Writing.  Some people really enjoy it and others...well...they don’t.  I fall into the “enjoy it when I’m in the mood” camp.  It’s a great release, the ability to articulate one’s ideas onto paper is just amazing to me.  Of course lately I haven’t been in the mood for writing-which sadly includes blogging-. The ideas are there, I've even started a few blog post, but the desire just fizzes. I blame lack of sleep and far too many commitments.  So what do you do when life’s comings and goings impede on your desire to put pen to paper (or fingers to keyboard)?  You do a rewrite. Yes, I’m rewriting our life.  Slashing commitments from our schedule and slowly retreating back into our little den, similar to life circa 2011, but with a few more friends, and a co-op that we may or may not do again next school year.  

Our move back to the states was a curse and a blessing all in one. We, finally, have all of the opportunities that I wanted the boys to have and experience, but those opportunities bring with them commitments of our time, money, energy, as well as a whole lot of extra stress. Which has a tendency to zap what little energy reserve a mother of three has to start with and I’ll admit I’m a bit selfish.  At the end of the day, after teaching, feeding, cleaning, refereeing, and generally keeping all three of them alive I still want to have energy for my own hobbies and interests. I don’t currently have that and it depresses me-which isn't good-.

As a way to help usher in our lighter load and to help motivate my fingers to get back into typing I thought participating in NaNoWriMo -instead of just talking about possibly participating one year in the near or distant future- would be a good idea. Then, I found out they have an option for kids and I got really excited and the little wheels in my sleep deprived brain started turning.  

I've mentioned before that we were moving to a one subject a day type of school schedule and we've been doing really well with it. It’s removed a lot of the pressure that comes with feeling like you have to cover everything in one very long day.  Instead we focus our energies on one core subject for that day and highlight things that need a bit of repetition to stick, usually using games or relaxed question and answer sessions before dinner.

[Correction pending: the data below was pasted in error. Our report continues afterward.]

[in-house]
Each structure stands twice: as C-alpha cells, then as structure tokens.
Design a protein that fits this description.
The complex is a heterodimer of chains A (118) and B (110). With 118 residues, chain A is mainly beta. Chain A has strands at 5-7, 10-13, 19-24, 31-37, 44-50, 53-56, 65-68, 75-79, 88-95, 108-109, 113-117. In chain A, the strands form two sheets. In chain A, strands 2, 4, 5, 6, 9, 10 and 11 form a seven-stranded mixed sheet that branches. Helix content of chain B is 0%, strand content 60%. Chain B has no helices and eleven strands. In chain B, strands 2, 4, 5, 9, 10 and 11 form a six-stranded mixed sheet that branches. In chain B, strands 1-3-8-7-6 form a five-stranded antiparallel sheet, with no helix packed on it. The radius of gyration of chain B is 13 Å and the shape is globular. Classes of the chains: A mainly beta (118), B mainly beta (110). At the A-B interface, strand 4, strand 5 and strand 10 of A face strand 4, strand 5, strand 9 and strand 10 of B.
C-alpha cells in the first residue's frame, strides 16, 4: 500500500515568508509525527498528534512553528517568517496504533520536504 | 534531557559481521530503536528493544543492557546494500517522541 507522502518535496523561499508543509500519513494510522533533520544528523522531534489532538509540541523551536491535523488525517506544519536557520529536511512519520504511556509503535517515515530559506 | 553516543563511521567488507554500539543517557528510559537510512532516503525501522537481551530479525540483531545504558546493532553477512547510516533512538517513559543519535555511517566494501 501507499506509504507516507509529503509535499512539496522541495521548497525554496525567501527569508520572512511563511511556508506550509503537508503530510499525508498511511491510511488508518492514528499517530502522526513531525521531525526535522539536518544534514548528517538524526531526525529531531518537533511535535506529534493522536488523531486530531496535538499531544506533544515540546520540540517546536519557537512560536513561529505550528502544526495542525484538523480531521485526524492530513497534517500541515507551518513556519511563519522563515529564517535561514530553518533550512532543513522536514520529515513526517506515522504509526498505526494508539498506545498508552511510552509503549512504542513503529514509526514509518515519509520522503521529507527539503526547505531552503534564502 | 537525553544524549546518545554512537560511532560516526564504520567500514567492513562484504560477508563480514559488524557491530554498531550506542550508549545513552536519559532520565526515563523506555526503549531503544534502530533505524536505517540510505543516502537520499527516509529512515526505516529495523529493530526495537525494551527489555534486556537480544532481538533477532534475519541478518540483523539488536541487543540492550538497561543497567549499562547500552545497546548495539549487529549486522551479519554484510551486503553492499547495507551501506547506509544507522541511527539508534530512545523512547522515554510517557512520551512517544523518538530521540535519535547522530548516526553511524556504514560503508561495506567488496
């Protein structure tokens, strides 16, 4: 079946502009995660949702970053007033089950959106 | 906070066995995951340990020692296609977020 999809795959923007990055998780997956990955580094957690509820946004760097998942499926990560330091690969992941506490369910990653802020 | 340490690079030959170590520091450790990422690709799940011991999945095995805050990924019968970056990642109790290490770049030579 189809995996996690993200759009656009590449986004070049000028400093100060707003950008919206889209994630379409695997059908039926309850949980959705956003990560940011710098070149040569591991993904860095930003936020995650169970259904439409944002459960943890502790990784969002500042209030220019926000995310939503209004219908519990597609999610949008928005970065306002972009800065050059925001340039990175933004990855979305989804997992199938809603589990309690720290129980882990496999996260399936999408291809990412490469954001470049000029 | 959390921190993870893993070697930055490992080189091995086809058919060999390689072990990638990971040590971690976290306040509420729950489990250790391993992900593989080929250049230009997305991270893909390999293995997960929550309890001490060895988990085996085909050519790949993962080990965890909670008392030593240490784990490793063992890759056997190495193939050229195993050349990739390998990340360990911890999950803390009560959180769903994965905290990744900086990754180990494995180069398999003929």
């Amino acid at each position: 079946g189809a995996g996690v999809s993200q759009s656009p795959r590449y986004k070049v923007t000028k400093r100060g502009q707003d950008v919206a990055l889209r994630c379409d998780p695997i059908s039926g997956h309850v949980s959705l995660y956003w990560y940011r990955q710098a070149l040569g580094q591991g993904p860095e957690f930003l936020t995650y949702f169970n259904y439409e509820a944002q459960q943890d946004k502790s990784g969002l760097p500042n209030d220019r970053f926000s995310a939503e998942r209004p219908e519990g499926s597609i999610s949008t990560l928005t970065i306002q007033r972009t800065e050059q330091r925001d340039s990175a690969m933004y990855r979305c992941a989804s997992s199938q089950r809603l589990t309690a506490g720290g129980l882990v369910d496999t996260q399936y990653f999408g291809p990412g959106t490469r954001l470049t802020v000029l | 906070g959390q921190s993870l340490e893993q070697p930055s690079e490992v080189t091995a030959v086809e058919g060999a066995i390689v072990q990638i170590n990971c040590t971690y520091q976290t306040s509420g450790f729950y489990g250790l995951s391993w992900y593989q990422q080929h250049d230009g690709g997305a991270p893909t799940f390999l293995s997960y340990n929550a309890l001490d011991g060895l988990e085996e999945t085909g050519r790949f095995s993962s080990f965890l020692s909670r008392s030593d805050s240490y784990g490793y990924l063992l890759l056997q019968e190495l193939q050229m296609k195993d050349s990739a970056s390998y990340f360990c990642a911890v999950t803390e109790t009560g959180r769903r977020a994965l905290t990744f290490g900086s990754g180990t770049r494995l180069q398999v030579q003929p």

After looking over the NaNoWriMo information I thought what better way to expand on this idea then by focusing just on reading and writing for the month of November. Their readings would be a mixture mostly fiction with a healthy dose of books that tied in history and science so those things aren't completely neglected. They would also still be free to play their educational math apps and other little games. I may even have them do a math lesson or two if they experience writers block, but our overall focus would be on letting our imaginations come to life on paper.  They both already love telling their own stories at bedtime and General Disarray has been working hard on a series of short stories over the past few months, this just seems like a natural progression for their already creative minds.

This will also be a great segue for them as well as myself into what life is going to be like after November.  Less distractions, more time to pursue our creative selves in the comfort of our home, and more emphasis on being present in what we’re doing instead of just going through the day to day motions and checking things off of a calendar. Feel free to call us hippies, it really doesn't matter as long as we’re enjoying what we’re doing -at least 90% of the time-.

Now you might be asking “Can your kids really write a novel in a month?” Maybe. Hell, I don’t even know if I can get it done.  The beautiful thing about NaNoWriMo for kids is that they get to set their own word count, and they have a nifty word count calculator to help kids determine what their goal should be.  Now obviously General Disarray will have a higher goal count than his brother because they are at two different stages in their writing abilities. For General Disarray I really want him to just write, I figure the more he does it the better he will get at it. I also think he has enough ideas with his short stories to really produce a fun novel. With Professor Chaos this is more about helping him see, in an applied way, how a story grows and develops. Basically, it will be for teaching him the parts of a story and helping him to learn how to go into more detail and tie parts of a story together.  Since he struggles with writing we’ll be using dictation for his story.  

I plan to take it a step further though and after it’s all over I’ll print out their novels and have them illustrate them, then we’ll bind them and they’ll have their very own book. Told in their own words, illustrated with their own art work.

NaNoWriMo’s Young Writers Program does make it easier to do something of this magnitude.  There are plenty of resources on their website for anyone interested in giving it a go with their kids.  They even offer a free PDF workbook (three versions so you can pick the one that fits your child’s grade range) which we’ll be using to kick off the program towards the end of this month.

Hopefully, we’ll all come away from this with a little more passion for creating words on paper (or electronic paper) and three awesome novels.

Copyright(c)2013 Rayven Holmes